Property funds - The gate escape

We received news yesterday of the suspension of trading in the M&G Property and the Standard Life Ignis UK Property funds. The managers of both of these funds have taken the decision to close, or “gate”, the funds in order to stop redemptions depleting the cash in the funds to a point where they would become forced sellers of property assets; the real bricks and mortar properties in which they are invested around the UK.

This is the most direct action that a fund manager can take to protect a property fund and comes on top of a move to bid pricing which Henderson, Standard Life and M&G undertook back in May to try to stem outflows.  At the time, this appeared to work.  Indeed, M&G temporarily restored normal pricing but when redemptions resumed, they moved to bid pricing again.  However, the resulting volatility in all asset classes in stocks, bonds and currencies appears to have brought the fund managers to the conclusion that a suspension of trading is the best way to protect investors in the fund.

We want to reassure our clients that TAM portfolio exposure to property was already very low as we took good profits in March, selling nearly all of our property funds, when they were trading around 10% higher than today.  Those residual investments that remain are among the smallest weightings that we maintain in client portfolios for long term diversification and this development will have a negligible effect on performance.

To understand how the situation evolved, one needs to go back to 2014 when Gilt yields started to fall, significantly dragged down by low interest rates around the world and the gradual dawning that the Federal Reserve was unwilling to raise their interest rates as far and as soon as they had originally forecast.  The European Central Bank drove yields lower as they continued with their quantitative easing which involved the buying of bonds and it wasn’t long before we saw bonds trading with zero and negative yields – in other words, a new buyer of the bonds would be guaranteed a loss if the investment was held to maturity.

The hunt for yield was on.  Property funds yielding between 7-9% on a gross basis were suddenly very attractive and offered a sensible alternative to bonds whilst still offering some diversification away from equities.  The investment rationale was entirely reasonable given the stable economy and healthy secondary market. At TAM, we invested client portfolios into property in around April 2014 and built up the investment until the summer of 2015 when they started to make up 20% of balanced portfolios and performed very well without any volatility.  However, in February of this year, we took another look at property generally.  Markets had started the year with some volatility in response to the Federal Reserve U-turn on their plan to aggressively raise interest rates, citing weakness and uncertainty in the economy.  Although there was nothing intrinsically wrong with the property sector at that time, it seemed reasonable that, at some point, a slowing of the economy and the prospect of a recession, not to mention the EU referendum risk, would surely spill over into the property sector with all the associated risk that valuations would ultimately be marked down.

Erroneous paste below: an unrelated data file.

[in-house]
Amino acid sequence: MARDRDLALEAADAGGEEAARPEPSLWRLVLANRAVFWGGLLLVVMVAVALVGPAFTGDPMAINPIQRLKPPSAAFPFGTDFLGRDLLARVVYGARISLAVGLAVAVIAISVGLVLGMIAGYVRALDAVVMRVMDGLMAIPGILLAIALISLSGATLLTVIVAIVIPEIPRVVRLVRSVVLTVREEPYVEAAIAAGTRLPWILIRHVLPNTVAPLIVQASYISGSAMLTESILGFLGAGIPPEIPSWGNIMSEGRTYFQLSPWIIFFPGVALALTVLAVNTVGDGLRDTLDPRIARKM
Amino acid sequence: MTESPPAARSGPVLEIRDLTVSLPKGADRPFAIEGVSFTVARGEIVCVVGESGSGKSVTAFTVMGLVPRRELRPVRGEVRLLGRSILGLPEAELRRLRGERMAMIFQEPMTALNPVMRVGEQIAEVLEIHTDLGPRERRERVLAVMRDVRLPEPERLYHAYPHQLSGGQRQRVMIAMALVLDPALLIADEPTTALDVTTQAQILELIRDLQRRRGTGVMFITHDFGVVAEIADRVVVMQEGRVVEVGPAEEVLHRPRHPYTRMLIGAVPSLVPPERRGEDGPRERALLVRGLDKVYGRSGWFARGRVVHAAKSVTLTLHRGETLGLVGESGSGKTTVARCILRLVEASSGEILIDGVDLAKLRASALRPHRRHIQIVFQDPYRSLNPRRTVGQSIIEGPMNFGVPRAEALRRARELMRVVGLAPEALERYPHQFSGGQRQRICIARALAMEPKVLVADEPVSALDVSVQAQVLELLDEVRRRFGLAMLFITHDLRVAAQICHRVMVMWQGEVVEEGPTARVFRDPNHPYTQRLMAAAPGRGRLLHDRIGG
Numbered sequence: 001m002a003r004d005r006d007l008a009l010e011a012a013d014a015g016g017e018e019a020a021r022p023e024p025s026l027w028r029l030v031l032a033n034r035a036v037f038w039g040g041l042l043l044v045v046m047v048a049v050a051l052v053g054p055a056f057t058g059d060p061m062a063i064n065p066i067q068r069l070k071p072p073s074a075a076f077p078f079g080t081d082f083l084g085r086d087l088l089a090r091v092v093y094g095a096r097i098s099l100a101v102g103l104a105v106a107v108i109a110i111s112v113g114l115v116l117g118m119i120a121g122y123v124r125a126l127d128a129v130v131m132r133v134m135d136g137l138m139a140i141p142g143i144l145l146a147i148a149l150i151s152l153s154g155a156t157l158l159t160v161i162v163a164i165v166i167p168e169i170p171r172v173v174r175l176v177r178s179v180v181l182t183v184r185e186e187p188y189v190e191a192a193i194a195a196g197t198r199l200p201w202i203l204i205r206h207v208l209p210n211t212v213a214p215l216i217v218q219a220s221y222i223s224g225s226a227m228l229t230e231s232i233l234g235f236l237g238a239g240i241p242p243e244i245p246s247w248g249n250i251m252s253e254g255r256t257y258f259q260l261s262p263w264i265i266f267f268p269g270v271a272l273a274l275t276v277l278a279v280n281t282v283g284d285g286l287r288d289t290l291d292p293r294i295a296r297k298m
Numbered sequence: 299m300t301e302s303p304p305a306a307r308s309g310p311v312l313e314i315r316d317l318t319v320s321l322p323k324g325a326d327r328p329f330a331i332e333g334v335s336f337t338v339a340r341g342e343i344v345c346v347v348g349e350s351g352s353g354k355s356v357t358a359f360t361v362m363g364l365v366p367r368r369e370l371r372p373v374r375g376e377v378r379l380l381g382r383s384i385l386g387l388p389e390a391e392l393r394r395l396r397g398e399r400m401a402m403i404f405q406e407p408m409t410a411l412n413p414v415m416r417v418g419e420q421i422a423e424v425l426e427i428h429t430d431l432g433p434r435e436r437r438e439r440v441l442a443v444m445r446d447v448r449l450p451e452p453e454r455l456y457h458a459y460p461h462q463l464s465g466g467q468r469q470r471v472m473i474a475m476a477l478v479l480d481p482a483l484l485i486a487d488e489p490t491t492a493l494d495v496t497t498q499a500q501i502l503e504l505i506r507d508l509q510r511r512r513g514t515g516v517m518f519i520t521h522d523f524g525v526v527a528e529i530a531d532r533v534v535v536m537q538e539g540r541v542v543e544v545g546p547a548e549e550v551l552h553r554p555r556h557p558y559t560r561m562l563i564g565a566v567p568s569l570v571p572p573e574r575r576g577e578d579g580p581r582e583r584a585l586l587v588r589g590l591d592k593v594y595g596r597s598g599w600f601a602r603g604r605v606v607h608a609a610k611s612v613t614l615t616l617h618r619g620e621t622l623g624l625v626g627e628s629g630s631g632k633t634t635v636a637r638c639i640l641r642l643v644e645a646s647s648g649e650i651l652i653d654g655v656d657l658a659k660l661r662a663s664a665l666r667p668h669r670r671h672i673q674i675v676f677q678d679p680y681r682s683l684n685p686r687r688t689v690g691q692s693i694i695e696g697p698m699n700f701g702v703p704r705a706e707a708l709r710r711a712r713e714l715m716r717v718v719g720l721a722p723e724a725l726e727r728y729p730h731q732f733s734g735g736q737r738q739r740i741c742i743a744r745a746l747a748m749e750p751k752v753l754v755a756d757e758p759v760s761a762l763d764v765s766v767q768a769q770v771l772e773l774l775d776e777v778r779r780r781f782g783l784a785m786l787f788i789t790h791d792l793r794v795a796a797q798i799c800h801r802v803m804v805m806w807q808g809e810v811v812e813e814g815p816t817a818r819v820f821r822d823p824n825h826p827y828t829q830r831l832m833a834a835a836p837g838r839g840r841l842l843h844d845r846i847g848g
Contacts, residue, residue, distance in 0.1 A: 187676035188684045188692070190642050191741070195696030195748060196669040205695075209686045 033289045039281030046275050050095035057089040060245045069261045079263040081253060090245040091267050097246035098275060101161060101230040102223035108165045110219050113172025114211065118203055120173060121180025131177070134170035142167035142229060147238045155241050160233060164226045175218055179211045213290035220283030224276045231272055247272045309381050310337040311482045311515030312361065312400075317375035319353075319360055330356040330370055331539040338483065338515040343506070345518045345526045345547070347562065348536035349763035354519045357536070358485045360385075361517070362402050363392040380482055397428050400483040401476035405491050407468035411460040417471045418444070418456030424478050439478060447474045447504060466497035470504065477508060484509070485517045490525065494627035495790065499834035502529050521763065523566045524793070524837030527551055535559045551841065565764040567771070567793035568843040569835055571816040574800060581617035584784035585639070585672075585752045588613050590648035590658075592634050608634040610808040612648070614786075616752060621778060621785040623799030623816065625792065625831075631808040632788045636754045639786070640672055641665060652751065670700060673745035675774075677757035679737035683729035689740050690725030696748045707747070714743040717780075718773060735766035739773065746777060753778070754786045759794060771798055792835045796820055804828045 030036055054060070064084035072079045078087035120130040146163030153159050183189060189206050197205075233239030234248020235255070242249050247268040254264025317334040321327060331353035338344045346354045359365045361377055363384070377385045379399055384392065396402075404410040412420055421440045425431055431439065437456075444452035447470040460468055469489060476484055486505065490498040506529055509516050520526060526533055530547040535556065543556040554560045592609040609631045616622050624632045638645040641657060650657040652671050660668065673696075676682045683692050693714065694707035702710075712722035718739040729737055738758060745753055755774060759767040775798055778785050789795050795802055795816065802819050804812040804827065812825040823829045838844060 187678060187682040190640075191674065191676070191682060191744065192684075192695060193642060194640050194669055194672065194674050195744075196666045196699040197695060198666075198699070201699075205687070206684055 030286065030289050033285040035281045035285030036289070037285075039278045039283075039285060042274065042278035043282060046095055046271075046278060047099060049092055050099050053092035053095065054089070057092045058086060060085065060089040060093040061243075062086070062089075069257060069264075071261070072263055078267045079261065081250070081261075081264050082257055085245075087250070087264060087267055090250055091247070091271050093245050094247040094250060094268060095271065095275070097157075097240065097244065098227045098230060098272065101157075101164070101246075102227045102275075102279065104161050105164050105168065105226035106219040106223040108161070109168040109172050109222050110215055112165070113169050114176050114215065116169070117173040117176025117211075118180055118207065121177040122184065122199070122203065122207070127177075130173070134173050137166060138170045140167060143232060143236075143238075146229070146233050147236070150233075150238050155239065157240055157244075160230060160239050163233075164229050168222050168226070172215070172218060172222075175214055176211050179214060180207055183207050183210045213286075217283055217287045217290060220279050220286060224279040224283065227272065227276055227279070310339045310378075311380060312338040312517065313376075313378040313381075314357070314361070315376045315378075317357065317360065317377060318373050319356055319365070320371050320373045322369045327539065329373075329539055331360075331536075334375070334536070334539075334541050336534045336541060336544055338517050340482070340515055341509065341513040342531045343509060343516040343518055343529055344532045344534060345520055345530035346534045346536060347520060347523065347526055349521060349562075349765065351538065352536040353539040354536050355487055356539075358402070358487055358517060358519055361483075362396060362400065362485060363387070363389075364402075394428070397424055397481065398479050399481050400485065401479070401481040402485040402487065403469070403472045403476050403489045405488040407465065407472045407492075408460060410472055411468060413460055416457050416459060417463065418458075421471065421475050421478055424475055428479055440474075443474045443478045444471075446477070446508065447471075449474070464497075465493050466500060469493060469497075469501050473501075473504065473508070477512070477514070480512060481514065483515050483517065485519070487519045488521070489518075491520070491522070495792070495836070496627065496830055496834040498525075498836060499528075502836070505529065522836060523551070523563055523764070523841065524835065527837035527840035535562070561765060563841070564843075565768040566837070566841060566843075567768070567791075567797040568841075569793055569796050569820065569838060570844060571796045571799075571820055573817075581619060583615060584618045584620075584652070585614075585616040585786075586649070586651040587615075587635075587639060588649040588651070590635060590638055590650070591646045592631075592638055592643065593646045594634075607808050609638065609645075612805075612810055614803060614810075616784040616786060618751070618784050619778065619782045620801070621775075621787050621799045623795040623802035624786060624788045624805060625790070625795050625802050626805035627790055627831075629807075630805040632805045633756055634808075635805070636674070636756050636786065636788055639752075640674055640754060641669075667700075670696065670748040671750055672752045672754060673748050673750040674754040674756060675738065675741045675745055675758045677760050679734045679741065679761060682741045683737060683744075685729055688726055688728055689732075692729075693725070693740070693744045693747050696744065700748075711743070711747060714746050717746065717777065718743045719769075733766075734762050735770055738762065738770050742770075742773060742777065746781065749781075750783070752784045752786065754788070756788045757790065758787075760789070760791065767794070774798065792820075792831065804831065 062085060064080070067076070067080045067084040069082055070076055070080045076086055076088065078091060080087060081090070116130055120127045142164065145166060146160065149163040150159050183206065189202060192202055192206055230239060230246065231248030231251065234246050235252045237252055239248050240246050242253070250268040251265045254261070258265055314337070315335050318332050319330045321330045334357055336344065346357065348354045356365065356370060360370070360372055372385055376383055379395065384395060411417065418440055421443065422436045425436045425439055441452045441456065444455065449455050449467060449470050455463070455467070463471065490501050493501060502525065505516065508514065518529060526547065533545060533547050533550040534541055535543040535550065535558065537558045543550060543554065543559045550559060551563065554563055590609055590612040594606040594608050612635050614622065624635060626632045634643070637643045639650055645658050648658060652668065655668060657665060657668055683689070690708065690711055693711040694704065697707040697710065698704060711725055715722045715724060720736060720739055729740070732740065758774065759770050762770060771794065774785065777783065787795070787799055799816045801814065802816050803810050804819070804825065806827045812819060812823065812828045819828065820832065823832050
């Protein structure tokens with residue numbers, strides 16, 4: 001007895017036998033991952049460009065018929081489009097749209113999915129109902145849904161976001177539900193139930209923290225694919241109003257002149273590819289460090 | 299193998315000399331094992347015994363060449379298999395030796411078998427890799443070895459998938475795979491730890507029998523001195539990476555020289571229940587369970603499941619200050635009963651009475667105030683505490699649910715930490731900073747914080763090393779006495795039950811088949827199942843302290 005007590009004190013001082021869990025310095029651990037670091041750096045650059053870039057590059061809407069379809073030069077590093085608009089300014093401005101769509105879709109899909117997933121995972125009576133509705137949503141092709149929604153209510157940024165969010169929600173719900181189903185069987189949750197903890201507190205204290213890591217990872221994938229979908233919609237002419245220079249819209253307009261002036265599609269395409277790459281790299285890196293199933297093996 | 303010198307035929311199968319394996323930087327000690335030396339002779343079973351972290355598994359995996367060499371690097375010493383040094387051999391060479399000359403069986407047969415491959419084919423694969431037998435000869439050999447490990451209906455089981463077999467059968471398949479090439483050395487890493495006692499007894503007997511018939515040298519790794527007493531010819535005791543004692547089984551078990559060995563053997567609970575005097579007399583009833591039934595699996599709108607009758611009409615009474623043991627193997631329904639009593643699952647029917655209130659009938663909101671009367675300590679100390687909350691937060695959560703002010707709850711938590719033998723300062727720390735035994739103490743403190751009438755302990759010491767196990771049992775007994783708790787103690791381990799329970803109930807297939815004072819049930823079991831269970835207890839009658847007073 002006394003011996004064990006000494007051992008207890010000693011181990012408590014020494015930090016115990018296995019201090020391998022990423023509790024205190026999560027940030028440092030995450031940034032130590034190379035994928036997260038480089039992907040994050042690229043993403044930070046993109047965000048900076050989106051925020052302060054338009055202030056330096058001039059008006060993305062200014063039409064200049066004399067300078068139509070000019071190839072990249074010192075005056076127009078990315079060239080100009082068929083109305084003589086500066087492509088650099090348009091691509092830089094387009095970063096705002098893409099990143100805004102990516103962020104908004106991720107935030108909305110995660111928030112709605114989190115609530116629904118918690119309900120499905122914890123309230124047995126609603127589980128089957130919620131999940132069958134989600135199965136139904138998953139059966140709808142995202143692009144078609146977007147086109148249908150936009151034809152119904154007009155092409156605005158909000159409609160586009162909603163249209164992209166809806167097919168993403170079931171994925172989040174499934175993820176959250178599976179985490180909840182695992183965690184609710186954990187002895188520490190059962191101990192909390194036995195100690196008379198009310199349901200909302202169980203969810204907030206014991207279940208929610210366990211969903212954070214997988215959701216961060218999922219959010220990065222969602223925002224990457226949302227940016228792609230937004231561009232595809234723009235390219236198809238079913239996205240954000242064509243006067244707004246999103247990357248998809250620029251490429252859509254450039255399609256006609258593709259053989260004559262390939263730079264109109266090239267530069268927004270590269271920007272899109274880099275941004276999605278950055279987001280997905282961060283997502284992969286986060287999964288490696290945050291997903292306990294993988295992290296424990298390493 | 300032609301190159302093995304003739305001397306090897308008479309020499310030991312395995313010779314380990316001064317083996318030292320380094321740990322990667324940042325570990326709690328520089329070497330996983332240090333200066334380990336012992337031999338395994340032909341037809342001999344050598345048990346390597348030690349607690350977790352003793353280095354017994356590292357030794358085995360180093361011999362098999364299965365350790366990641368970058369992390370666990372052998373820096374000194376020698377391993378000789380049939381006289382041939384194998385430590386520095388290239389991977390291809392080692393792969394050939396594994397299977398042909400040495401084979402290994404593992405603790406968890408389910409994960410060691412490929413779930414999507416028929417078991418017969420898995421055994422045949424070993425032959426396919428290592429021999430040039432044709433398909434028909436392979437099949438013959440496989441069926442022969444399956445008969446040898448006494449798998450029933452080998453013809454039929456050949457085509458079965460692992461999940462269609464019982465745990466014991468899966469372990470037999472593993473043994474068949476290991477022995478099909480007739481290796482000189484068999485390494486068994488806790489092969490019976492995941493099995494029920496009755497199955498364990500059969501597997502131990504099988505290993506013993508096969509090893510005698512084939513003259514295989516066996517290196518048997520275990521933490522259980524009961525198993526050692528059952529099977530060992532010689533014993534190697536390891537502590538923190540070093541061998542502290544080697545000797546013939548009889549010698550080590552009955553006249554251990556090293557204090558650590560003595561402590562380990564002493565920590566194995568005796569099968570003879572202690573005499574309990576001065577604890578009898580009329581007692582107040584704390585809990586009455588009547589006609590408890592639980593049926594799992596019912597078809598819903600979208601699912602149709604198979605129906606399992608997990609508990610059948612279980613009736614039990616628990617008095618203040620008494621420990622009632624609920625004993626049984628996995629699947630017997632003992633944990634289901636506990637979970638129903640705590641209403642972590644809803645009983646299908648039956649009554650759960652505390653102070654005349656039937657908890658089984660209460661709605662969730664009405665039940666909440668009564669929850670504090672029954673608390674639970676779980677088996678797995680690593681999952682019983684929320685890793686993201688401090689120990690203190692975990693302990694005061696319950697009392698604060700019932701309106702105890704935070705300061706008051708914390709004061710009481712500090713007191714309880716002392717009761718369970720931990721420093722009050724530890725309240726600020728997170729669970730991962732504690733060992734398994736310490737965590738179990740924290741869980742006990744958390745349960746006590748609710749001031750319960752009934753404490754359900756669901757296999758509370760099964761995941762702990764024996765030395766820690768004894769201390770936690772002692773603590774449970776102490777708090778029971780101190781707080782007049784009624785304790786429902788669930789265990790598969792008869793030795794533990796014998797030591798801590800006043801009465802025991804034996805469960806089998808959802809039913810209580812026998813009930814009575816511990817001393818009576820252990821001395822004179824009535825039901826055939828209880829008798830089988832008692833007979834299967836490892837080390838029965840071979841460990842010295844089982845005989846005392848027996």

We took the decision to start selling in March this year and reduced balanced portfolios from a weighting of over 20% to around 5%. This in itself was an interesting exercise because, in the process of selling, we realised that liquidity was not as good as previously thought.  We found that quite small redemption sales needed careful handling and took a little longer.  We took big profits, the selling was completed and all TAM client portfolios carried on with a significantly reduced exposure to property.

Having noted low liquidity during this time, it wasn’t entirely surprising when some of the funds started to introduce bid pricing in order to dissuade investors from selling. Although disappointing, it was likely to be a short term measure and, in any case, we had a vastly reduced position with good profits.

The extent to which Brexit alone is responsible for forced selling of the funds leading to gating is not clear cut.  We are aware, for example, of shorting (selling shares one doesn’t own) has had a hand in the daily redemptions from these funds, and there has been price volatility in UK markets generally, albeit on low volumes but in a nervous and uncertain environment.

For now, there is nothing to be done except to follow the situation closely and await the re-opening of the funds to normal trading.  The assets in the funds are very high quality and commercially viable and the management of the funds will continue under the management of large and well-resourced investment professionals with proven track records of successful property investing. The funds will continue to be priced according to the market value of their commercial property assets.  Whilst the gating of the funds does not afford us the flexibility we normally enjoy, we do not expect this development to materially impact TAM client portfolios which remain well-diversified and are conscious that the managers of the closed funds will be anxious to re-open them at the earliest possible opportunity.